How to Talk to Non-Americans About What’s Happening in America

This week’s events in Washington, DC have been greeted with shock and horror by world leaders around the world. Images of the US Capitol building, besieged by an angry mob of right-wing extremists, drew a rebuke from British Prime Minister Boris Johnson to NATO Secretary General Jens Stoltenberg, and the coup attempt was rejected by the leaders of Iran, Sweden and New Zealand. Israel and beyond.

These scenes have helped tarnish the public image of the United States to the point that international discourse has focused on the question of whether American democracy can withstand such attacks. However, for many Americans – many of whom tend to disregard such events in so-called “Third World” countries – the chaos of the environment came as a shock.

In the United States, politicians, media representatives, and ordinary Americans often support our institutions as infallible and unshakable, bound by sacred laws that cannot be reversed. Chaos and violence break out on the streets of foreign cities. The coup attempts wreak havoc and bloodshed abroad, but not here, where the law reigns. But Wednesday showed that we cannot value our country so highly, especially among non-American friends who may want to demystify what is happening in the States at the moment.

If you ever find yourself in a conversation with a non-American friend or family member about the current situation in the United States, here’s how to approach it.

Explain the myth of American exceptionalism

If you’ve been drinking American cool-Aid for a long time, you’ve bought into American exceptionalism – a long-ingrained myth that the United States is a righteous force for good in this world and thus worthy of asserting its influence wherever democracy and civil liberties may be threatened. … This is, frankly, rhetorical nonsense, but it nonetheless colors the perceptions of many ordinary Americans about other countries.

If a non-American asks where this idea came from, you can also turn to the US Constitution, which preaches certain inalienable rights and equality for all (if you are, of course, a white person who owns land). This idea is firmly rooted in our national psyche throughout history. Various military efforts such as both World Wars – President Woodrow Wilson is known to have proclaimed during World War I that America makes “the world safe for democracy” – in addition to Ronald Reagan’s “Shining City on a Hill” speech, this concept.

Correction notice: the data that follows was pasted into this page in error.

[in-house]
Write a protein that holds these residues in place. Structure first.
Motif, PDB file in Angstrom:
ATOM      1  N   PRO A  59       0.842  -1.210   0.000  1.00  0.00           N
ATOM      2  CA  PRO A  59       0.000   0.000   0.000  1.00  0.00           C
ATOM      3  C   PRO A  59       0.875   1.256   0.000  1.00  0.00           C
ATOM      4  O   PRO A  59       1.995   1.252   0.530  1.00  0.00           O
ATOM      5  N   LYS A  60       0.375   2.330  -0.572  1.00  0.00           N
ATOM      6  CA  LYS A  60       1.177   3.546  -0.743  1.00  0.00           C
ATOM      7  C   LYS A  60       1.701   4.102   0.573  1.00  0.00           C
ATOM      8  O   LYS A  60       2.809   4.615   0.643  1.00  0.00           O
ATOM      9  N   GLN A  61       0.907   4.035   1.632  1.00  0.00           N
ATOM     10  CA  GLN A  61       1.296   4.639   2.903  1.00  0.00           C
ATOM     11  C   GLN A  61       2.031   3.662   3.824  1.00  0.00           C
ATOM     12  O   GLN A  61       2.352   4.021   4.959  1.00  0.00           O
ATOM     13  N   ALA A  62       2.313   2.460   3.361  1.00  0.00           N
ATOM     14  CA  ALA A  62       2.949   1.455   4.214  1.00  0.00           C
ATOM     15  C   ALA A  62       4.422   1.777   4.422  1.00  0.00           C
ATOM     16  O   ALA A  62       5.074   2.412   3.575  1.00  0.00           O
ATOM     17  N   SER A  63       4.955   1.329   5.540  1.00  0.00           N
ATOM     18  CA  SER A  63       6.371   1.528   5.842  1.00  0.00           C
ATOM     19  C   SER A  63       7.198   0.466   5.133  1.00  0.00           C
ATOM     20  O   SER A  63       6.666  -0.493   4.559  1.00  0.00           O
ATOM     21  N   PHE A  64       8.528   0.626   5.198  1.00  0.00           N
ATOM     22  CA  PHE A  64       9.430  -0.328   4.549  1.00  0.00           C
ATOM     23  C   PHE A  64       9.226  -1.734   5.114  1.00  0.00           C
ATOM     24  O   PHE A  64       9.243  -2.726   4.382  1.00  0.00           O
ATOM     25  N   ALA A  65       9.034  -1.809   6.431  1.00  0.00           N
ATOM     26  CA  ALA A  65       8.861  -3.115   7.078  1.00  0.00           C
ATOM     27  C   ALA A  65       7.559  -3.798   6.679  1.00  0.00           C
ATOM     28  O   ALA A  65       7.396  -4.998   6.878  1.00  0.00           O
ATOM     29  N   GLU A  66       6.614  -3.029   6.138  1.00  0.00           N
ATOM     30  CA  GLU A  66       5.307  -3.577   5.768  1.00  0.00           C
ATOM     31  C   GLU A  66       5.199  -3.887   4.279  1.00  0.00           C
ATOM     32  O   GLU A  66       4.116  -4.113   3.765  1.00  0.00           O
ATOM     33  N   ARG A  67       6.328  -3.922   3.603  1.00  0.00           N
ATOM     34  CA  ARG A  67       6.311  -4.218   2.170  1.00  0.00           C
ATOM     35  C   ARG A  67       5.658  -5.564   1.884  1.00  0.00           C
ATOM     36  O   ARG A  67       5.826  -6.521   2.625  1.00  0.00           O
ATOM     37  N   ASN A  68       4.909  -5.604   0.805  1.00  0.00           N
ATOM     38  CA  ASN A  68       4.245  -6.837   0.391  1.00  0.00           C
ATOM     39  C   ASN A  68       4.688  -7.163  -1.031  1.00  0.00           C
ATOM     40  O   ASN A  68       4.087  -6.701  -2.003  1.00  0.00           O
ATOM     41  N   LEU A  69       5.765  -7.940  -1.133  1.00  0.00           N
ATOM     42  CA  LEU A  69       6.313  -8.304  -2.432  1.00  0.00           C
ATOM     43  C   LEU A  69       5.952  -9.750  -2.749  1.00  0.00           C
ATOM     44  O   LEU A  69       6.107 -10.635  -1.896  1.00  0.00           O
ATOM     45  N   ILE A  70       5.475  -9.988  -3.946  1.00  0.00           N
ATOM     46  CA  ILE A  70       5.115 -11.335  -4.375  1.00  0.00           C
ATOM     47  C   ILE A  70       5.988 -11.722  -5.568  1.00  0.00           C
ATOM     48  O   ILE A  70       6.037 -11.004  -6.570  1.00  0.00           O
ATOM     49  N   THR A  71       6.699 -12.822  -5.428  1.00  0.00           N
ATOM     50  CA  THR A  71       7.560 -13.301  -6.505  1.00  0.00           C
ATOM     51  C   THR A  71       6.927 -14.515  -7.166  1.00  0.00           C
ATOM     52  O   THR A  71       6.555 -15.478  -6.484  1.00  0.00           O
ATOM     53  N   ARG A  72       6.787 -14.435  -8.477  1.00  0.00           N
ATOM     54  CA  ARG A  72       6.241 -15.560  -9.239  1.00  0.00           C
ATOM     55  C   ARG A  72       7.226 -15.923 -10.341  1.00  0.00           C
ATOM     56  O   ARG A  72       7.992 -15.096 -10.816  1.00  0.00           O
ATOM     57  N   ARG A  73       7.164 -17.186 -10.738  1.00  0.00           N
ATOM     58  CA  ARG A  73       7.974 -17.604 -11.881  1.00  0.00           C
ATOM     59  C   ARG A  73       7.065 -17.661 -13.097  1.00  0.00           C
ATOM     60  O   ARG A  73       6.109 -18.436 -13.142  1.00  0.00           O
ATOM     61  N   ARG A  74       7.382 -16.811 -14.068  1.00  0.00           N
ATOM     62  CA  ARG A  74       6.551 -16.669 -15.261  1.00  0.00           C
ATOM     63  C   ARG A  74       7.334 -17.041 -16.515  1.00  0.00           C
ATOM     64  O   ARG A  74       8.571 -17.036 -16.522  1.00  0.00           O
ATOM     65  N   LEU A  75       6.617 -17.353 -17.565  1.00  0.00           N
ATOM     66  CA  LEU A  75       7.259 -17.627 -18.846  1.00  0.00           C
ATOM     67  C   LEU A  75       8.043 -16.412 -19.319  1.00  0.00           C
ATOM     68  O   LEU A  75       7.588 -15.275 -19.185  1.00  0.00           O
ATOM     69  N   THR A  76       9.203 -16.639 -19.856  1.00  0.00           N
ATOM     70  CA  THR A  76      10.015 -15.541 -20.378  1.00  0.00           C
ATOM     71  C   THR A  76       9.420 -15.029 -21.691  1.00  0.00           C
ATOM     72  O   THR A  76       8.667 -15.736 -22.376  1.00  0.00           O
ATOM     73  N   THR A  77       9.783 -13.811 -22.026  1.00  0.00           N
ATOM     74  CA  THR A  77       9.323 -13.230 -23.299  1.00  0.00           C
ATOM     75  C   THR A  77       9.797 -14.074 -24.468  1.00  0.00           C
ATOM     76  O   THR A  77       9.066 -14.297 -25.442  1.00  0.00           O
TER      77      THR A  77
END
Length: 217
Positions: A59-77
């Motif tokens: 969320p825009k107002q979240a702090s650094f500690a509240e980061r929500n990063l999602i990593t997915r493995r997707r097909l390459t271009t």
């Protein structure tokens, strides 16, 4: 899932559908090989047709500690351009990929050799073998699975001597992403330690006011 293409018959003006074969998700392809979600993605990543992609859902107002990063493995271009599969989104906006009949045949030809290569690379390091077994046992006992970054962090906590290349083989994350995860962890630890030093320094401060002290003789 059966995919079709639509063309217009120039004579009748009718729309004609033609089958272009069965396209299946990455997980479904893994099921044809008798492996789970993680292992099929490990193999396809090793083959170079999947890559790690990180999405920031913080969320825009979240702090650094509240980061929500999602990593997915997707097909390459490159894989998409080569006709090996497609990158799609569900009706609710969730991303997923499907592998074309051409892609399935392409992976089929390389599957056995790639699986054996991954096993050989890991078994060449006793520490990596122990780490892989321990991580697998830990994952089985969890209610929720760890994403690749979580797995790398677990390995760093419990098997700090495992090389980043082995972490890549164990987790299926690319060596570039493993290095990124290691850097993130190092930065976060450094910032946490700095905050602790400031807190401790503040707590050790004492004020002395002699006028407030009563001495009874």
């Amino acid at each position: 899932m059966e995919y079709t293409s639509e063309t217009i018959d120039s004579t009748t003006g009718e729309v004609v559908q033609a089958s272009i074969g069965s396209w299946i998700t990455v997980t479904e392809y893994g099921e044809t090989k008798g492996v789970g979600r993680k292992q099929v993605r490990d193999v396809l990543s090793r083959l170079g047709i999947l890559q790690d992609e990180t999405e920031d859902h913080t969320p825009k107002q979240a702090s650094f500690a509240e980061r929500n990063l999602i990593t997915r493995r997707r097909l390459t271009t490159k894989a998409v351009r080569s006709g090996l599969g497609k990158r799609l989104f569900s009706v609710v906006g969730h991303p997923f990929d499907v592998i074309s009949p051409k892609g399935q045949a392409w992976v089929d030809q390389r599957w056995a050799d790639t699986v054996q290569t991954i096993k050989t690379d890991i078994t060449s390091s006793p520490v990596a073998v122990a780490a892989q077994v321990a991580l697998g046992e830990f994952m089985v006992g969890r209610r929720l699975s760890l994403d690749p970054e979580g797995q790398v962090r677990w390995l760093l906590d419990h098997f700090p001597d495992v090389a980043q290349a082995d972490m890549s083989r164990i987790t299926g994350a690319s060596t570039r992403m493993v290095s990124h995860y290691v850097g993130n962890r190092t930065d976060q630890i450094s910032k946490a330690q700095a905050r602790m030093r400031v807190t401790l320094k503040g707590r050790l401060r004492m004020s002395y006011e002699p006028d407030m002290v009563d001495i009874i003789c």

Of course, any non-American who regularly follows international news knows that Wednesday’s events were completely unprecedented. But the shock and anxiety that the Americans expressed in relation to our compatriots acquire more meaning if you understand that we have been repeatedly told that something like this cannot happen here.

Explain why these events really make sense

It seems that pro-American dogma was shattered on Wednesday, but this particular event was not unprecedented, especially if you examine it in a recent context. If you want to demystify exactly how the siege on Wednesday was carried out, look for nothing but simple facts: the soon to step down president repeatedly falsely claimed that the 2020 election was rigged due to rampant voter fraud; a powerful network of Internet conspiracy theorists and influencers spread lies on the Internet, where it often received over-the-air networks and websites; and a legion of Americans who believe they have been robbed of a free democratic process by a nefarious clique of elites, this president and other lawmakers have called for a fight.

In a sense, Wednesday was the culmination of a long, coordinated effort to undermine the 2020 election results. The outrage and distrustful responses we have heard in response from smarter legislators and media representatives – at least to some extent – stem from the deeply ingrained sense of exclusivity that Americans feel about themselves and our country. For non-Americans, it might make more sense with this lens, although it is perhaps equally perplexing.

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